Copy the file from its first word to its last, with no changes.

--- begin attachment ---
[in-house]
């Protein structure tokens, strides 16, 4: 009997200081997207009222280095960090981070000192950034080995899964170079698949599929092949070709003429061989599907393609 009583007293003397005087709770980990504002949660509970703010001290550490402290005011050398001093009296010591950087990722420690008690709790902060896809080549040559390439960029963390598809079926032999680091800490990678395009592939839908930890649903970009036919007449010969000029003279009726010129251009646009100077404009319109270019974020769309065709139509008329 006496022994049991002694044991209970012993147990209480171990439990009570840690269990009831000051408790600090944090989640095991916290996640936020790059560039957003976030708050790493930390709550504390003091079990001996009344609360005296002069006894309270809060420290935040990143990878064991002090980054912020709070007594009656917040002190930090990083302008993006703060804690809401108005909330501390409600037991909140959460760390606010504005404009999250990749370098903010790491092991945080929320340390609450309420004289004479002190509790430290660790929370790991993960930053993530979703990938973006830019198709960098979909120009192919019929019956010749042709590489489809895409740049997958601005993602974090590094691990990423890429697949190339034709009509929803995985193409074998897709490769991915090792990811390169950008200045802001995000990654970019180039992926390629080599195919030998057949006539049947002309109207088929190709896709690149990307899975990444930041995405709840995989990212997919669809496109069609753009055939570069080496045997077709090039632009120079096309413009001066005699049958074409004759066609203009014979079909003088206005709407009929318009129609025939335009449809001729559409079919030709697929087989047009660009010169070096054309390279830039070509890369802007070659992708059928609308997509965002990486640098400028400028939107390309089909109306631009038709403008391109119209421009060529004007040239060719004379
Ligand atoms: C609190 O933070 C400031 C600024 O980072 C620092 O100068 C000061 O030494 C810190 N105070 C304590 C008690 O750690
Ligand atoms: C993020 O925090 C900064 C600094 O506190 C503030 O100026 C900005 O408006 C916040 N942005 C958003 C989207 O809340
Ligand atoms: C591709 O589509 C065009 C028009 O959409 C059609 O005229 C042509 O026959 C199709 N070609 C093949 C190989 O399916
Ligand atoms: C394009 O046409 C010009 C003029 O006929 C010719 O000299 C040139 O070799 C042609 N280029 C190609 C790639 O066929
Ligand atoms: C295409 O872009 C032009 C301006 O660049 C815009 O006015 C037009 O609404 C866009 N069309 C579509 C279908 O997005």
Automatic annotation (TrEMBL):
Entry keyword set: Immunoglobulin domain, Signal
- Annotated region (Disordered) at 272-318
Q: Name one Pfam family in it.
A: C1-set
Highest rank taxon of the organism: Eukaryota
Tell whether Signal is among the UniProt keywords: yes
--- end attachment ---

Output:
[in-house]
């Protein structure tokens, strides 16, 4: 009997200081997207009222280095960090981070000192950034080995899964170079698949599929092949070709003429061989599907393609 009583007293003397005087709770980990504002949660509970703010001290550490402290005011050398001093009296010591950087990722420690008690709790902060896809080549040559390439960029963390598809079926032999680091800490990678395009592939839908930890649903970009036919007449010969000029003279009726010129251009646009100077404009319109270019974020769309065709139509008329 006496022994049991002694044991209970012993147990209480171990439990009570840690269990009831000051408790600090944090989640095991916290996640936020790059560039957003976030708050790493930390709550504390003091079990001996009344609360005296002069006894309270809060420290935040990143990878064991002090980054912020709070007594009656917040002190930090990083302008993006703060804690809401108005909330501390409600037991909140959460760390606010504005404009999250990749370098903010790491092991945080929320340390609450309420004289004479002190509790430290660790929370790991993960930053993530979703990938973006830019198709960098979909120009192919019929019956010749042709590489489809895409740049997958601005993602974090590094691990990423890429697949190339034709009509929803995985193409074998897709490769991915090792990811390169950008200045802001995000990654970019180039992926390629080599195919030998057949006539049947002309109207088929190709896709690149990307899975990444930041995405709840995989990212997919669809496109069609753009055939570069080496045997077709090039632009120079096309413009001066005699049958074409004759066609203009014979079909003088206005709407009929318009129609025939335009449809001729559409079919030709697929087989047009660009010169070096054309390279830039070509890369802007070659992708059928609308997509965002990486640098400028400028939107390309089909109306631009038709403008391109119209421009060529004007040239060719004379
Ligand atoms: C609190 O933070 C400031 C600024 O980072 C620092 O100068 C000061 O030494 C810190 N105070 C304590 C008690 O750690
Ligand atoms: C993020 O925090 C900064 C600094 O506190 C503030 O100026 C900005 O408006 C916040 N942005 C958003 C989207 O809340
Ligand atoms: C591709 O589509 C065009 C028009 O959409 C059609 O005229 C042509 O026959 C199709 N070609 C093949 C190989 O399916
Ligand atoms: C394009 O046409 C010009 C003029 O006929 C010719 O000299 C040139 O070799 C042609 N280029 C190609 C790639 O066929
Ligand atoms: C295409 O872009 C032009 C301006 O660049 C815009 O006015 C037009 O609404 C866009 N069309 C579509 C279908 O997005």
Automatic annotation (TrEMBL):
Entry keyword set: Immunoglobulin domain, Signal
- Annotated region (Disordered) at 272-318
Q: Name one Pfam family in it.
A: C1-set
Highest rank taxon of the organism: Eukaryota
Tell whether Signal is among the UniProt keywords: yes